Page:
I wanna share…

The ABC of WCF

The ABC of WCF

Here I want to tell you about Windows communication Foundation and ABC.

Before going to know about ABC, we have to know what WCF is and where it is useful.

Windows communication foundation:

WCF is a programming Platform and run time system for building, running and deploying the network distributed services. It is the latest Service oriented technology. Interoperability is the fundamental characteristics of WCF. It has web service, .Net Remoting, MSMQ and COM+ features. It combines all these things into a single umbrella. Means it provides a common platform for all .Net communication.

What is ABC?

Without ABC there is no WCF. ABC means Address, Binding and Contract.

Address:

In WCF, every service is associated with a unique address. The address provides two important elements: the location of the service and the transport protocol or transport schema used to communicate with the service. The location portion of the address indicates the name of the target machine, site, or network; a communication port, pipe, or queue; and an optional specific path or URI. A URI is a Universal Resource Identifier, and can be any unique string, such as the service name or a GUID.

WCF supports following transport schemas

1)      HTTP

2)      TCP

3)      Peer Network

4)      IPC(Inter Process communication)

5)      MSMQ

Addresses have the following format:

[base address]/ [optional URI]
Sample Addresses are:

http://localhost:8001
http://localhost:8001/firstservice
net.tcp://localhost:8002/firstservice
net.pipe://localhost/piped
net.msmq://localhost/firstservice
TCP Addresses:
TCP addresses use net.tcp for the transport, and typically include a port number such as:
net.tcp://localhost:8002/firstservice
When a port number is not specified, the TCP address defaults to port 808.

HTTP Addresses

HTTP addresses use http for transport, and can also use https for secure transport. You typically use HTTP addresses with outward-facing Internet-based services, and can specify a port such as:

         http://localhost:8001

http://localhost:8001/firstservice

When the port number is unspecified, it defaults to 80. Similar to TCP addresses, two HTTP addresses from the same host can share a port, even on the same machine.

IPC Addresses

IPC addresses use net.pipe for transport, to indicate the use of the Windows named pipe mechanism. In WCF, services that use named pipes can only accept calls from the same machine. Consequently, you must specify either the explicit local machine name or localhost for the machine name, followed by a unique string for the pipe name:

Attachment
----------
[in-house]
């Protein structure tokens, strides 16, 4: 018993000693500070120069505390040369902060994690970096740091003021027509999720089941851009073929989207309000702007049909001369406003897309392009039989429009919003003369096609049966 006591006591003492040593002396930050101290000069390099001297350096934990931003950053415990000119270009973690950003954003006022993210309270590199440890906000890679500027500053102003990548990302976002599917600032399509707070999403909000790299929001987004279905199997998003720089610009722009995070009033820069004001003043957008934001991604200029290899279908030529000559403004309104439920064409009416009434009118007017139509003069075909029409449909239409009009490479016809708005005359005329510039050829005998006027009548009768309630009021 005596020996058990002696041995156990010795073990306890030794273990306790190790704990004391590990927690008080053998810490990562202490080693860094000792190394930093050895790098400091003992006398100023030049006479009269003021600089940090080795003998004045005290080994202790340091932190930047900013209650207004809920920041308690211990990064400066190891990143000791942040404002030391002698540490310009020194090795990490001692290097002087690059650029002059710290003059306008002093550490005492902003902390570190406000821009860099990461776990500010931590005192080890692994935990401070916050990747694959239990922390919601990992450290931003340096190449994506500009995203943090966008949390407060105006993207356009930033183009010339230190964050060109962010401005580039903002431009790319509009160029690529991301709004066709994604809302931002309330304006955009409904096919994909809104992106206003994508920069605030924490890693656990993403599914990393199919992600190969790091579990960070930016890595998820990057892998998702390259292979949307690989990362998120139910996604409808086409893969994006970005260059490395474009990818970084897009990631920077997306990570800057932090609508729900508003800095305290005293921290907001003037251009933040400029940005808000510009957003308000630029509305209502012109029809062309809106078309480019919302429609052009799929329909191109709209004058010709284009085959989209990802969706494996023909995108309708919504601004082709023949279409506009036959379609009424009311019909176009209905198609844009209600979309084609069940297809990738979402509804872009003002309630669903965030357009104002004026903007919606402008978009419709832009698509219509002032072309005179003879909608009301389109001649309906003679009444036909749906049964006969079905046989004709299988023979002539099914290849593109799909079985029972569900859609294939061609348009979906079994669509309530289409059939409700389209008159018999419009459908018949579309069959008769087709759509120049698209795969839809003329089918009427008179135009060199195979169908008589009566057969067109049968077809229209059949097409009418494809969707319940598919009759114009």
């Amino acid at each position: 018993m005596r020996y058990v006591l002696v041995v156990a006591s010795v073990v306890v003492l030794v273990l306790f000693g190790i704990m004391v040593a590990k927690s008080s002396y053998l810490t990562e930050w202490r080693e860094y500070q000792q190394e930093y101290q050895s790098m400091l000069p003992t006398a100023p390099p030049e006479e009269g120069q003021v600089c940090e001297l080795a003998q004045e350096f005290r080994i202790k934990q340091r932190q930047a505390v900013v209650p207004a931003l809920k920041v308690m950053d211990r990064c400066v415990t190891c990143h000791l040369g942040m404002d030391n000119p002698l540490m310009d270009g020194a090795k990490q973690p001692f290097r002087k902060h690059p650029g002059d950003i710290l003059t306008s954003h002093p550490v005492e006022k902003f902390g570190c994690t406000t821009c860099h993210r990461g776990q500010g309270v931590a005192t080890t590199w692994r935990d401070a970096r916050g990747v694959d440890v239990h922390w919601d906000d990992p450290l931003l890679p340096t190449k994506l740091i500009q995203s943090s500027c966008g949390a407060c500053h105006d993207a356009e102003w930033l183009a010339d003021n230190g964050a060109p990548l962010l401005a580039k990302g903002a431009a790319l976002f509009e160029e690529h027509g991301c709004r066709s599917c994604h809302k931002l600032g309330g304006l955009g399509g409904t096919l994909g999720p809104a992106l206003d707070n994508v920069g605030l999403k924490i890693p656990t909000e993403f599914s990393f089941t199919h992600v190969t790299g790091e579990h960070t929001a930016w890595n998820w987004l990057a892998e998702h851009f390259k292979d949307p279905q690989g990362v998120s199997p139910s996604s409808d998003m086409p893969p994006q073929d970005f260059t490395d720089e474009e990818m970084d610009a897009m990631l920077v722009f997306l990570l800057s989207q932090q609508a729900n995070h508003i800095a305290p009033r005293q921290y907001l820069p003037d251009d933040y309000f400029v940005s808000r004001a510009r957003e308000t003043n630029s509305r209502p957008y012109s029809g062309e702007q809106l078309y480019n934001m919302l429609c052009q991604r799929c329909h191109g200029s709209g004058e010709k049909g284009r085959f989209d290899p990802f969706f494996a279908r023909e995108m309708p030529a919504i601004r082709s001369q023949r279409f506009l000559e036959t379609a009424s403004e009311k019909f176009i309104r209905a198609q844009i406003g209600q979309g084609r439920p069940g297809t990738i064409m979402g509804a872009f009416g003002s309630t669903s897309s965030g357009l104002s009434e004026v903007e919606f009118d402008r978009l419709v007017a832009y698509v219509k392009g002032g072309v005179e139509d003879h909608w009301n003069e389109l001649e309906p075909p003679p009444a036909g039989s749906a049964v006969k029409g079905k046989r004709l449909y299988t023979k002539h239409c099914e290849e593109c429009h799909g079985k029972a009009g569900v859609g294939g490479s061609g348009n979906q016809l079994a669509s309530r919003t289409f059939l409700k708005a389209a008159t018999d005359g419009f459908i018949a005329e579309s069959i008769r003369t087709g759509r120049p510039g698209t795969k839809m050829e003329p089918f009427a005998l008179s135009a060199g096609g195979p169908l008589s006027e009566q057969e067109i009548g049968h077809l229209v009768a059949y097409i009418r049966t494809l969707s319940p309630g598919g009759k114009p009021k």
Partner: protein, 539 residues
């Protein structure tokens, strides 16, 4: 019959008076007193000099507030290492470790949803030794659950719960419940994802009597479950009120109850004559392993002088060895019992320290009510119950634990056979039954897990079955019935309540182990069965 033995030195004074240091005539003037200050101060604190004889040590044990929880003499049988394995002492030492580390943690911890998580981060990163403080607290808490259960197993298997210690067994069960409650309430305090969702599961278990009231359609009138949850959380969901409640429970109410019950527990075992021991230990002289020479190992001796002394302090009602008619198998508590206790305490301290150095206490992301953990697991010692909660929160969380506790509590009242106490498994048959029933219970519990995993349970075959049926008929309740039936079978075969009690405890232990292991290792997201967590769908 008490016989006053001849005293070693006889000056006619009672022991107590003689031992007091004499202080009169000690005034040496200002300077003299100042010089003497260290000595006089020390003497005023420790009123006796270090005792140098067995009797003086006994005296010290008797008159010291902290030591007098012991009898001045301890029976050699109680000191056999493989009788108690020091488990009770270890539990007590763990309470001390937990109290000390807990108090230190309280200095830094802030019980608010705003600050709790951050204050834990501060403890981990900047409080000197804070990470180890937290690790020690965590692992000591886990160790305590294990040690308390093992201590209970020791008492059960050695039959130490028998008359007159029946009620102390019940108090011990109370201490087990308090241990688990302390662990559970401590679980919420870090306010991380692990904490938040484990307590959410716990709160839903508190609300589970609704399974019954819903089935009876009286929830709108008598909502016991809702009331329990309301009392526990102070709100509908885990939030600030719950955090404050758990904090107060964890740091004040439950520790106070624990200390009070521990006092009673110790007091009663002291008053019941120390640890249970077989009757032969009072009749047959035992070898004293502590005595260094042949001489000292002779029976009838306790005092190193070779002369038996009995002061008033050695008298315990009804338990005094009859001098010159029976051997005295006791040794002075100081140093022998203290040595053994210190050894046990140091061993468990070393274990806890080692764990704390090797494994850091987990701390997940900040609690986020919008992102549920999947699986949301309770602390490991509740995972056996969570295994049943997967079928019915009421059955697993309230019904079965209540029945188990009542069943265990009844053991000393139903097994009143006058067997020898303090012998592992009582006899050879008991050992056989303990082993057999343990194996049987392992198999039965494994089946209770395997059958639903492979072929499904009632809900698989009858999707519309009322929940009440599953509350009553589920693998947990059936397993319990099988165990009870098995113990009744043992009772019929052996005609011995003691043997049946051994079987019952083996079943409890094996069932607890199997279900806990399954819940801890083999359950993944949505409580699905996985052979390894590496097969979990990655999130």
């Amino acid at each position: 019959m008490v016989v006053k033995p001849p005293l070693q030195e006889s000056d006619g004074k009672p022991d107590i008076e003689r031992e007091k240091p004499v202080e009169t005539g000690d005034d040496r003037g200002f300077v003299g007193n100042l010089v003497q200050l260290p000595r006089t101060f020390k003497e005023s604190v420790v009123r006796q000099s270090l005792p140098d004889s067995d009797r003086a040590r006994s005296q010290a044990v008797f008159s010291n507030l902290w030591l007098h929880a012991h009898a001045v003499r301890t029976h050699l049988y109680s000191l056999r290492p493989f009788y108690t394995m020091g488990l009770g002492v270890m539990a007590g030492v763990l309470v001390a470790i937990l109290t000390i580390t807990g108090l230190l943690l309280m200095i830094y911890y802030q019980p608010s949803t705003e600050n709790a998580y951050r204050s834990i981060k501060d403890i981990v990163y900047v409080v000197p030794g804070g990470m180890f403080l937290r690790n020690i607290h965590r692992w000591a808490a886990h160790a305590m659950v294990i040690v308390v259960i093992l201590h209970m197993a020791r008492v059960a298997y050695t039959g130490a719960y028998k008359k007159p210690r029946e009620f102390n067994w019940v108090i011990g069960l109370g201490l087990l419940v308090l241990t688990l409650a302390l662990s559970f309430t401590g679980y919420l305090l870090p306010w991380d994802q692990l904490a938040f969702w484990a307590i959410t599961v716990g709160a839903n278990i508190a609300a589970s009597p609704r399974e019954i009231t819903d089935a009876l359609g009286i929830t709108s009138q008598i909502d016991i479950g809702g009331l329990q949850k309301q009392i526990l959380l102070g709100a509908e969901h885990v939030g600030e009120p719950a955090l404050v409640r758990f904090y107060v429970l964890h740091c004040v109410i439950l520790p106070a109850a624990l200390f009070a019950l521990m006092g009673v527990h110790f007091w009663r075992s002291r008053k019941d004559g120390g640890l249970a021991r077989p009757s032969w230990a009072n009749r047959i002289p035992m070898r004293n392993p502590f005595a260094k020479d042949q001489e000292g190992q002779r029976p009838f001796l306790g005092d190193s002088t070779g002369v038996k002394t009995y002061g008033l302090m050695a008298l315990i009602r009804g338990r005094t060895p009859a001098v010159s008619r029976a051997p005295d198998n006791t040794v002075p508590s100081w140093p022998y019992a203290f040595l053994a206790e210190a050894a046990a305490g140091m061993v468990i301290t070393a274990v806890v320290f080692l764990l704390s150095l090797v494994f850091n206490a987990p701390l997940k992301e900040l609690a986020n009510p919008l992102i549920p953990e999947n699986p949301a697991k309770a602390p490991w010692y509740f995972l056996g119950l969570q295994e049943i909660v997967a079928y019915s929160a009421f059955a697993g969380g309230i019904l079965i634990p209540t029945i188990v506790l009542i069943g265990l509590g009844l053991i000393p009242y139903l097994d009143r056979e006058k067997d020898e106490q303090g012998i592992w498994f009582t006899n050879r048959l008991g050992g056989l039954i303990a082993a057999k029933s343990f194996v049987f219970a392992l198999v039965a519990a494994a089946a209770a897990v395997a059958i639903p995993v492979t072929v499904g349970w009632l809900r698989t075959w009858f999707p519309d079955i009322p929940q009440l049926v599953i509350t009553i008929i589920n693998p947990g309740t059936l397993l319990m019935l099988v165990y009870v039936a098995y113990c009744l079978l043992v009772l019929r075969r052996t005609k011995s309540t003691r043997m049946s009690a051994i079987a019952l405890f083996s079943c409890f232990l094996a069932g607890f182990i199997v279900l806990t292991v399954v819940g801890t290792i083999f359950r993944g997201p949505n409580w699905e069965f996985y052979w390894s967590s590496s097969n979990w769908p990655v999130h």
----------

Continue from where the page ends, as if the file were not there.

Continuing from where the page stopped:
net.pipe://localhost/piped

You can only open a named pipe once per machine, and therefore it is not possible for two named pipe addresses to share a pipe name on the same machine.

MSMQ Addresses

MSMQ addresses use net.msmq for transport, to indicate the use of the Microsoft Message Queue (MSMQ). You must specify the queue name. When you’re dealing with private queues, you must specify the queue type, but that can be omitted for public queues:

net.msmq://localhost/private/firstservice
net.msmq://localhost/firstservice

Peer Network Address

Peer network addresses use net.p2p for transport, to indicate the use of the Windows peer network transport. You must specify the peer network name as well as a unique path and port.

—————————————————————————————————-

Bindings:

Specifies how a service is accessible. In other words: how the two parties will communicate in terms of transport (HTTP, TCP, NamedPipe, Peer2Peer and MSMQ), encoding (text, binary etc.) and protocols (like transactional support or reliable messaging).

Basic binding

Offered by the BasicHttpBinding class, this is designed to expose a WCF service as a legacy ASMX web service, so that old clients can work with new services. When used by the client, this binding enables new WCF clients to work with old ASMX services.

TCP binding

Offered by the NetTcpBinding class, this uses TCP for cross-machine communication on the intranet. It supports a variety of features, including reliability, transactions, and security, and is optimized for WCF-to-WCF communication. As a result, it requires both the client and the service to use WCF.

Peer network binding